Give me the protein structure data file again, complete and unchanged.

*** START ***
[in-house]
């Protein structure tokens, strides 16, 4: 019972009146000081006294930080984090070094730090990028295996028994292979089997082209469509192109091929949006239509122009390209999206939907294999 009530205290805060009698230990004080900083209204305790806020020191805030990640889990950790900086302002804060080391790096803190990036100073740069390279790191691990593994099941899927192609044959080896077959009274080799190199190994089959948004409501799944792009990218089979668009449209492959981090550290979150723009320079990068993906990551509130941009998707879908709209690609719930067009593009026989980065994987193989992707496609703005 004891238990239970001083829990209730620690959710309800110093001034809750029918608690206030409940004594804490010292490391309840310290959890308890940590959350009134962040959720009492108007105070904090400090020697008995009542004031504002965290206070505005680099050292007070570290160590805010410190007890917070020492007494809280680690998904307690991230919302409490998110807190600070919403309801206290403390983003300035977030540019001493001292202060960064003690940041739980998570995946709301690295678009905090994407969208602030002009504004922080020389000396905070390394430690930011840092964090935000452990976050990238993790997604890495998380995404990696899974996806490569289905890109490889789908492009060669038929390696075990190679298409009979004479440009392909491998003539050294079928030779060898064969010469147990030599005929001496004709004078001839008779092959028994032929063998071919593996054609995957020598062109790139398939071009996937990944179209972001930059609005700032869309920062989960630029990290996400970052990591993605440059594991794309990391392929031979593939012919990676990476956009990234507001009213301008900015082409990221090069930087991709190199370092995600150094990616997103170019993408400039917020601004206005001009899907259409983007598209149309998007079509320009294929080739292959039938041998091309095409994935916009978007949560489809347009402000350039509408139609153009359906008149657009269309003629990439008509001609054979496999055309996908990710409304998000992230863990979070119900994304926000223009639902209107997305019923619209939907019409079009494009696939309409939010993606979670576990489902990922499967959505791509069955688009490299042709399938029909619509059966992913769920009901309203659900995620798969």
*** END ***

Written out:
[in-house]
């Protein structure tokens, strides 16, 4: 019972009146000081006294930080984090070094730090990028295996028994292979089997082209469509192109091929949006239509122009390209999206939907294999 009530205290805060009698230990004080900083209204305790806020020191805030990640889990950790900086302002804060080391790096803190990036100073740069390279790191691990593994099941899927192609044959080896077959009274080799190199190994089959948004409501799944792009990218089979668009449209492959981090550290979150723009320079990068993906990551509130941009998707879908709209690609719930067009593009026989980065994987193989992707496609703005 004891238990239970001083829990209730620690959710309800110093001034809750029918608690206030409940004594804490010292490391309840310290959890308890940590959350009134962040959720009492108007105070904090400090020697008995009542004031504002965290206070505005680099050292007070570290160590805010410190007890917070020492007494809280680690998904307690991230919302409490998110807190600070919403309801206290403390983003300035977030540019001493001292202060960064003690940041739980998570995946709301690295678009905090994407969208602030002009504004922080020389000396905070390394430690930011840092964090935000452990976050990238993790997604890495998380995404990696899974996806490569289905890109490889789908492009060669038929390696075990190679298409009979004479440009392909491998003539050294079928030779060898064969010469147990030599005929001496004709004078001839008779092959028994032929063998071919593996054609995957020598062109790139398939071009996937990944179209972001930059609005700032869309920062989960630029990290996400970052990591993605440059594991794309990391392929031979593939012919990676990476956009990234507001009213301008900015082409990221090069930087991709190199370092995600150094990616997103170019993408400039917020601004206005001009899907259409983007598209149309998007079509320009294929080739292959039938041998091309095409994935916009978007949560489809347009402000350039509408139609153009359906008149657009269309003629990439008509001609054979496999055309996908990710409304998000992230863990979070119900994304926000223009639902209107997305019923619209939907019409079009494009696939309409939010993606979670576990489902990922499967959505791509069955688009490299042709399938029909619509059966992913769920009901309203659900995620798969």